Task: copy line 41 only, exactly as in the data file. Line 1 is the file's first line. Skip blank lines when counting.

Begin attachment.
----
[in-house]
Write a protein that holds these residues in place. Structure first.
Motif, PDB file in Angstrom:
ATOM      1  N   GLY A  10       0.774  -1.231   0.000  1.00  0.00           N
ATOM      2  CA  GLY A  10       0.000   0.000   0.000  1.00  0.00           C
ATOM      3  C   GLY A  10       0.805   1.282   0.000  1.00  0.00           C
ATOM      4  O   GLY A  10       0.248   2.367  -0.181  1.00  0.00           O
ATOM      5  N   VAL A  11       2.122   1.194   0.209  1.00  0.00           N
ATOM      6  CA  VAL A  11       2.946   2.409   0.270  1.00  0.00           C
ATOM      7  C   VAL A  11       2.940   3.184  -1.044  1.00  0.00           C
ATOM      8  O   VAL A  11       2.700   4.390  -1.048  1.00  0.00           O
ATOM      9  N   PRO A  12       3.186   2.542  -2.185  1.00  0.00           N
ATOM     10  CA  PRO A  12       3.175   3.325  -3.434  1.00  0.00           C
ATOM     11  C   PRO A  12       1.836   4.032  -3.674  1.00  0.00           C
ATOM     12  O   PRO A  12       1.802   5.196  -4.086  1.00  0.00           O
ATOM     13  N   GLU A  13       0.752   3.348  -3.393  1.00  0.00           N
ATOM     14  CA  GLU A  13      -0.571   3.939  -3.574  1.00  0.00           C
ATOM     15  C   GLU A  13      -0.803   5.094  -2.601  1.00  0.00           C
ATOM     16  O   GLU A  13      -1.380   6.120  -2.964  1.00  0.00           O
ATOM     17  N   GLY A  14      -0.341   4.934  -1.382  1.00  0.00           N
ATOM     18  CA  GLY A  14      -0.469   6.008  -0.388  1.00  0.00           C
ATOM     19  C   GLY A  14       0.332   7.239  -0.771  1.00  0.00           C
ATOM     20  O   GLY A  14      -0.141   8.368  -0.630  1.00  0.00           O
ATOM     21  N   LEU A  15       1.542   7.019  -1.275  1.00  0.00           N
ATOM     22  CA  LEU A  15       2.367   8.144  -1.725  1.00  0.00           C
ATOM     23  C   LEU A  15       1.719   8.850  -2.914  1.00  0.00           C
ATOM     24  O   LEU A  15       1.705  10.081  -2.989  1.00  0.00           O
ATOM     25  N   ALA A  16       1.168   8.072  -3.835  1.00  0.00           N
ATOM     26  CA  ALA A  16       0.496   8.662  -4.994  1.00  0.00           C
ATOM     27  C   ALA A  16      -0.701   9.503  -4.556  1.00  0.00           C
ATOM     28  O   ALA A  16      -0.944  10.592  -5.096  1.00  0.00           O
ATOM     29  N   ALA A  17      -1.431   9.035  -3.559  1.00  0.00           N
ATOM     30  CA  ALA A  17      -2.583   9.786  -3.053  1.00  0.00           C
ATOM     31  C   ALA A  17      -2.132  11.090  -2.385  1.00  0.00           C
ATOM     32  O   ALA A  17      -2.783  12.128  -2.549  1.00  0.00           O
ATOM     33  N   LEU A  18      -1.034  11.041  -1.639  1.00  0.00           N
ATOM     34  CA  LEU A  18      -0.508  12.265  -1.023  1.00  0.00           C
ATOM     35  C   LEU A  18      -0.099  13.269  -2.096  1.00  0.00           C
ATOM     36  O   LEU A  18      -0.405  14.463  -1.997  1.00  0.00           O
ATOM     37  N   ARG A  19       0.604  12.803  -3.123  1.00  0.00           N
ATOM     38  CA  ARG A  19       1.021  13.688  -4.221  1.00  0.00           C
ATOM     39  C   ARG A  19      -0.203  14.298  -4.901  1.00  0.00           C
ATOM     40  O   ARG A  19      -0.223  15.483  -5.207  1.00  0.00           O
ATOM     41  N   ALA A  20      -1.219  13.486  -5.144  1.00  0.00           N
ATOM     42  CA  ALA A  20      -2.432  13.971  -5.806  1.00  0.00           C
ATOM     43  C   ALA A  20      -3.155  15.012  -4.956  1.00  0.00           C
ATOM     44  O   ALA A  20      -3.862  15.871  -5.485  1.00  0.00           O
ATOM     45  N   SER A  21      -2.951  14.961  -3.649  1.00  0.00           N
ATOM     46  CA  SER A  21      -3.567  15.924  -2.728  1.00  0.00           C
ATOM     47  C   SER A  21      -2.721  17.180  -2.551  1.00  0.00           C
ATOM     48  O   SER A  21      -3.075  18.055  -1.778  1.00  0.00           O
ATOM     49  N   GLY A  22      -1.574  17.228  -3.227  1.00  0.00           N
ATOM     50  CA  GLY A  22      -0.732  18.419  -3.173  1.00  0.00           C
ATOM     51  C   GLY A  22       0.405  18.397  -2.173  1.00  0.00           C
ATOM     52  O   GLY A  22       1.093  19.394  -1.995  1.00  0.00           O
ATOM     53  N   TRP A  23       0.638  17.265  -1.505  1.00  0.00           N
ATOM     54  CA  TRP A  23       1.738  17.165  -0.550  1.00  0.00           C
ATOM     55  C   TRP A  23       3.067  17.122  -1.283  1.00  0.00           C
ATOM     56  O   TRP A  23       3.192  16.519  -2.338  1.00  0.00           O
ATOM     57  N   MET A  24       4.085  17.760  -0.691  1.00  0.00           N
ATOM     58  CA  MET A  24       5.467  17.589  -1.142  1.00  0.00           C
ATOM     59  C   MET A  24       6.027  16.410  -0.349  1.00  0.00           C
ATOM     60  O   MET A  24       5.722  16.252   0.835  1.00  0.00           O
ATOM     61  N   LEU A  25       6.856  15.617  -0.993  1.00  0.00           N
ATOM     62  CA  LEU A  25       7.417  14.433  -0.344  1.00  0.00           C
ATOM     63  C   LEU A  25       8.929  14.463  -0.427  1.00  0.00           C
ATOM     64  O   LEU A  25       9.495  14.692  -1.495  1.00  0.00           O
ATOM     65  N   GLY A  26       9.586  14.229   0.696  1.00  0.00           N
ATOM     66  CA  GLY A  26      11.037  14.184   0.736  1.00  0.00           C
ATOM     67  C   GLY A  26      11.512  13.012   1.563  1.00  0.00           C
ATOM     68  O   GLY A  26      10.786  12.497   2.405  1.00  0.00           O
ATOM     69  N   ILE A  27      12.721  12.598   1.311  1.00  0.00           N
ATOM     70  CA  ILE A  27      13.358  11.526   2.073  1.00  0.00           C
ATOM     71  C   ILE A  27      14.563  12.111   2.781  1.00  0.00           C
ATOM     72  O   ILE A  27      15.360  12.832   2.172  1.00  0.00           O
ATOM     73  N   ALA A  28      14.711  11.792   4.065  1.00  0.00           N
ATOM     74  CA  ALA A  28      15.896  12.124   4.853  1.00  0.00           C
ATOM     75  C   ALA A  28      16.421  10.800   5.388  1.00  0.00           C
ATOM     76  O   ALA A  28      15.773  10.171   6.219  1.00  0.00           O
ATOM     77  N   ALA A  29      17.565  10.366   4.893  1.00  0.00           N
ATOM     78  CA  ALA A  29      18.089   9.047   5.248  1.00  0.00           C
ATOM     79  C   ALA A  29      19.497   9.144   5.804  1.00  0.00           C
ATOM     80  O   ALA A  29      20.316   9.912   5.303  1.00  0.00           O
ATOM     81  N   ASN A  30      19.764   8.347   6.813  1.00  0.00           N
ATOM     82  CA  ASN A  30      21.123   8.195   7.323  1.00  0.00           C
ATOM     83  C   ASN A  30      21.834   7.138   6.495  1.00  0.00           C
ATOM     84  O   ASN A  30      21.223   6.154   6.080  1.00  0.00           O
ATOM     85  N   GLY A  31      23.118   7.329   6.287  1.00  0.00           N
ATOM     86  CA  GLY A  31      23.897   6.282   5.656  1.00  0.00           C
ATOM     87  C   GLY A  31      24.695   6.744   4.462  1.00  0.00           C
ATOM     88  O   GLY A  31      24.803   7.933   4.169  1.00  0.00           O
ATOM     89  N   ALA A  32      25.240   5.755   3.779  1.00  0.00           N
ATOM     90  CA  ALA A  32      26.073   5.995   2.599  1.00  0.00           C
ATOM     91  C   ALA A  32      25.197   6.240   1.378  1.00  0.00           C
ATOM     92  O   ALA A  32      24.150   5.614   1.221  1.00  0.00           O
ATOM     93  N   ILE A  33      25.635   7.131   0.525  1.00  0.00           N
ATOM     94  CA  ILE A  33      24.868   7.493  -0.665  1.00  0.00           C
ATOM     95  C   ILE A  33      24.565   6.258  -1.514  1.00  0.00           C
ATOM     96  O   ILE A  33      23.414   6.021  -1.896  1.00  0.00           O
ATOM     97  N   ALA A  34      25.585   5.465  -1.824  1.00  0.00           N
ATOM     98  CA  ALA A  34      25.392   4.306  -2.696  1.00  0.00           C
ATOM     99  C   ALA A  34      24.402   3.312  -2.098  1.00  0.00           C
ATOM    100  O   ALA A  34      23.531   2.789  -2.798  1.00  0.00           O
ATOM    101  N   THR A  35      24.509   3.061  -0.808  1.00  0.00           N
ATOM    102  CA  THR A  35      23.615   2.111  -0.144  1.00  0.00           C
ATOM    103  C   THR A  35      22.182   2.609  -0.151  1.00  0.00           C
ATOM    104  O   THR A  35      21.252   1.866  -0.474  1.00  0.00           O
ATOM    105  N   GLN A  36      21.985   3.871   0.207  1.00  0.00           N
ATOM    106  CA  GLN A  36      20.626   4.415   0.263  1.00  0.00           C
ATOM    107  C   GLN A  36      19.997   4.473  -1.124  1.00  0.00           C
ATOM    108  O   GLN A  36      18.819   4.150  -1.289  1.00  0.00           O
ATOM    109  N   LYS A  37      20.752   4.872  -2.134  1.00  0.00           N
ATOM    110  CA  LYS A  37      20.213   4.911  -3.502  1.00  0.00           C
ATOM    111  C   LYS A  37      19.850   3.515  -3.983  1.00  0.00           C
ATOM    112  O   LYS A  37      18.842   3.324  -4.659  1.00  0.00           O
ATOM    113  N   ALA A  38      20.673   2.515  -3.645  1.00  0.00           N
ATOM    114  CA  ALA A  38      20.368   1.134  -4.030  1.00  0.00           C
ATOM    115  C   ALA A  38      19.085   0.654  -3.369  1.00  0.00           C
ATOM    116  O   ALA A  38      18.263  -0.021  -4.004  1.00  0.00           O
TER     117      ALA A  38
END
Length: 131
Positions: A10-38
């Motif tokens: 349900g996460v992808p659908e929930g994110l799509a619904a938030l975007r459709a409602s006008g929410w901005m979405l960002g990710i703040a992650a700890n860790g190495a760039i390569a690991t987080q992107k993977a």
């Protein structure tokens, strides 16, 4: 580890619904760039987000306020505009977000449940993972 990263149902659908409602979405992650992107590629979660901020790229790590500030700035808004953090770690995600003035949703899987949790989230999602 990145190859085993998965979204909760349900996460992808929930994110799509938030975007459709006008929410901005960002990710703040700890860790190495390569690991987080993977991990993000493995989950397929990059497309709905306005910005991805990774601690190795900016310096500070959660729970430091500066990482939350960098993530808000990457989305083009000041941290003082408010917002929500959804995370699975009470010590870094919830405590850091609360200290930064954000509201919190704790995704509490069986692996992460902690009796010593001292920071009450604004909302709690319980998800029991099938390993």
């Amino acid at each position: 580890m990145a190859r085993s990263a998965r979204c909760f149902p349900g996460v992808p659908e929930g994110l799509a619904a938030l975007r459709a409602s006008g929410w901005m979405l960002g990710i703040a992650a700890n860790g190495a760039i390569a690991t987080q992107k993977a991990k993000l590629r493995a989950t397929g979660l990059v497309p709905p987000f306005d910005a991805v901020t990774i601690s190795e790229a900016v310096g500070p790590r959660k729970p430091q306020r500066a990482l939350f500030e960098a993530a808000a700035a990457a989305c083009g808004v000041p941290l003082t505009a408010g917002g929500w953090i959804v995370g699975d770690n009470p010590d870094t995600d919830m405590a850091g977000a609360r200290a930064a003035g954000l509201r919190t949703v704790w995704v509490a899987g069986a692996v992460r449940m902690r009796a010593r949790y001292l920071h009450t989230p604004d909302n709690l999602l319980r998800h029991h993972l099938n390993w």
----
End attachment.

ATOM     38  CA  ARG A  19       1.021  13.688  -4.221  1.00  0.00           C